Bin collection switch leads to reduction in recycling

Kirk Sutherland said he and the residents of his block of flats are still hit by missed collections five months since the system began.
Kirk Sutherland said he and the residents of his block of flats are still hit by missed collections five months since the system began.
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ENVIRONMENT chiefs have been left red-faced after it emerged the switch to fortnightly bin collections has led to a slump in recycling and more rubbish being sent to landfill.

Weekly uplifts were axed in September to save cash and encourage residents in Edinburgh to recycle packaging.

The controversial move led to widespread backlogs and more than 11,000 complaints, with city council leaders forced to issue a grovelling apology to the public while insisting the new scheme would work in time.

However, new figures have revealed axing weekly collections led to 5000 tonnes of extra waste being dumped in landfill.

The amount – 134,100 tonnes over October and November – was higher than at any point last year and reversed a trend which had improved each month.

The number of city households using kerbside recycling also dropped from nearly 42 per cent to 38 per cent over the same period.

City leaders were unable to provide any explanation for the slump, but said it would take some time before the changes could be measured accurately.

Local authorities are taxed heavily for dumping landfill as an incentive to find ways to encourage households to 
recycle.

A third indicator contained in a report to the city’s 
environment committee showed the net cost of collections per household – which factors in everything from staff wages to petrol – rose from £64.45 to £75.25 per bin for the two months.

City centre councillor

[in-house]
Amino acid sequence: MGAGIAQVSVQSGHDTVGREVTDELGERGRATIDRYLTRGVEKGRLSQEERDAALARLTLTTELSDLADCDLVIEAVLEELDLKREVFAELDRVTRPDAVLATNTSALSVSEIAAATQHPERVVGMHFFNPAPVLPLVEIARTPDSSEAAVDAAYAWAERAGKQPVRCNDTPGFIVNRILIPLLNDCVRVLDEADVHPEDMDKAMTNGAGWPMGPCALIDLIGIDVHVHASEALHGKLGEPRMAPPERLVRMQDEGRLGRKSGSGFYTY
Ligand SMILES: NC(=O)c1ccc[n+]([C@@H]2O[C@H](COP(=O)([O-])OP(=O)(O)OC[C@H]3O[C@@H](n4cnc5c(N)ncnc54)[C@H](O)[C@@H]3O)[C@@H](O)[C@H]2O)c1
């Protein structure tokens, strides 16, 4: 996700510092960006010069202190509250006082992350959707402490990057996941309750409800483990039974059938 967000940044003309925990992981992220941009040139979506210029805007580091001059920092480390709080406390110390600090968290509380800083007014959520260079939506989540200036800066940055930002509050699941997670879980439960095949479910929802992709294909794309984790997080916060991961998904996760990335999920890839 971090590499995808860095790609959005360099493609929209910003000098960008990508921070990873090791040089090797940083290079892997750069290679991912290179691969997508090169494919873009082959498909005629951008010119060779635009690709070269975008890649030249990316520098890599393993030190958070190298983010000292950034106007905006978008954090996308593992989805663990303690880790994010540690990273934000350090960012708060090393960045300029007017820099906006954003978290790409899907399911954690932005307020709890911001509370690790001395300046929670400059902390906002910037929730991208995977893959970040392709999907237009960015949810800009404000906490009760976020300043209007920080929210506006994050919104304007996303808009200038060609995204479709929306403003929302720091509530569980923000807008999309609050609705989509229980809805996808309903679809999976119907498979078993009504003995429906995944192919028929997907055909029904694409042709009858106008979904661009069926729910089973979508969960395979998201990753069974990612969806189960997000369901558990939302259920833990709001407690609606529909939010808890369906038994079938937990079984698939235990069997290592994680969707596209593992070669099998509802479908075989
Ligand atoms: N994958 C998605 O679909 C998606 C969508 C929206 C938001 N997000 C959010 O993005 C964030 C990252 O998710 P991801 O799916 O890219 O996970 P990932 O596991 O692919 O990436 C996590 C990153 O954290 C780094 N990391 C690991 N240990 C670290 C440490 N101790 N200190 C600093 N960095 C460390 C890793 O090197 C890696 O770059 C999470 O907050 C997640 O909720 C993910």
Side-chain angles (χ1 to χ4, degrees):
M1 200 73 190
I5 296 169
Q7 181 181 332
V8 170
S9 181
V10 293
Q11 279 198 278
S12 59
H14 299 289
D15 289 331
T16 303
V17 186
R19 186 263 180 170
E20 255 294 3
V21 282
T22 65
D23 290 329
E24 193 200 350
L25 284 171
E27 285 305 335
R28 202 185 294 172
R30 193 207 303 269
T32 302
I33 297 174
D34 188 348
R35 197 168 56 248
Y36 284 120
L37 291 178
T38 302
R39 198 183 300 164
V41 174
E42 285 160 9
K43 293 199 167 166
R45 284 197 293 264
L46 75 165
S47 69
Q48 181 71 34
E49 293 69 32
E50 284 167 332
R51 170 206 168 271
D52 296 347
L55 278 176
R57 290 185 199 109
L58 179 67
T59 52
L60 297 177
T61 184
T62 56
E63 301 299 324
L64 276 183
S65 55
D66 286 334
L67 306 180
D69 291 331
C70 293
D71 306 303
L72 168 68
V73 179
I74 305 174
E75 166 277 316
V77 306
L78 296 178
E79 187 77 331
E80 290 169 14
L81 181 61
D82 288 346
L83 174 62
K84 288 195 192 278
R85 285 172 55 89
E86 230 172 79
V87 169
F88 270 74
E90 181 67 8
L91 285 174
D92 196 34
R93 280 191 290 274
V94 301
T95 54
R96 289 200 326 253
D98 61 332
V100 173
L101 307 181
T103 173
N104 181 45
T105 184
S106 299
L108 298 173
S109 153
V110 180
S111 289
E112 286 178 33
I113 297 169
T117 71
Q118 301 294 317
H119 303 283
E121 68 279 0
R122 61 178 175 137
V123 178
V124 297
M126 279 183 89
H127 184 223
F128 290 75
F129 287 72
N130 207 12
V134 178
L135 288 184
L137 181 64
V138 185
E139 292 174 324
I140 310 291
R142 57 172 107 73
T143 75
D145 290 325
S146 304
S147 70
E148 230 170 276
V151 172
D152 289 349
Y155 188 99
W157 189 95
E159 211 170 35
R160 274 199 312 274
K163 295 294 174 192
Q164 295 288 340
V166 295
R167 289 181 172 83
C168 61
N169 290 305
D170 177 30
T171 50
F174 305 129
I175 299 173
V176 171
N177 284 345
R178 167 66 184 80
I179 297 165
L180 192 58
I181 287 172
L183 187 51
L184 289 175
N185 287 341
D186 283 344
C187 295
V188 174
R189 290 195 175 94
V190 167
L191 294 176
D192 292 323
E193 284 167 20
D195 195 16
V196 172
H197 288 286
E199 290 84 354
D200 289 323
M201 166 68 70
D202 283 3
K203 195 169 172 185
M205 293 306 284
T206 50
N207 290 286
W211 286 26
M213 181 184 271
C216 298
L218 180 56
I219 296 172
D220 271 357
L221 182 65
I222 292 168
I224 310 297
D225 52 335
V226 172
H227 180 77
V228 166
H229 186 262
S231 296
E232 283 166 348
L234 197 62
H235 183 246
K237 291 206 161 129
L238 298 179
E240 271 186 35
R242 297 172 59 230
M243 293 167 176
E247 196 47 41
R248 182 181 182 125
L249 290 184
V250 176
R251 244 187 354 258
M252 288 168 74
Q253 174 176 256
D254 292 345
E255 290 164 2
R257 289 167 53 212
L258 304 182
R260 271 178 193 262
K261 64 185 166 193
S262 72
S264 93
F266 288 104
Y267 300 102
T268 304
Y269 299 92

Joanna Mowat, transport spokeswoman for the Edinburgh Conservatives, said: “This new system is supposed to be saving taxpayers £5 million so the fact it’s getting more expensive for the reduced service is of concern.

“We were told recycling rates would improve and the amount of waste being sent to landfill would go down, so the fact the exact opposite is happening suggests something is wrong. When I asked them the reason, officials had no idea why this happened.”

We’re still being missed . . five months on

KIRK Sutherland, 28, a bus driver from Clermiston, said he and the residents of his block of flats are still hit by missed collections – five months since the system began.

He said: “It’s not impossible to think people could have been so annoyed with the system they haven’t bothered recycling, or that the system has become so confusing they’ve stopped.”

He added: “We have a communal steel bin which is collected twice per week, Monday and Thursday. All the trouble with the green wheelie bins system had impacted on us, so bin men sometimes miss both days and by the time they do empty, our bin store is piled high with overflowing waste.

“I recycle but I think the council could have been better prepared.”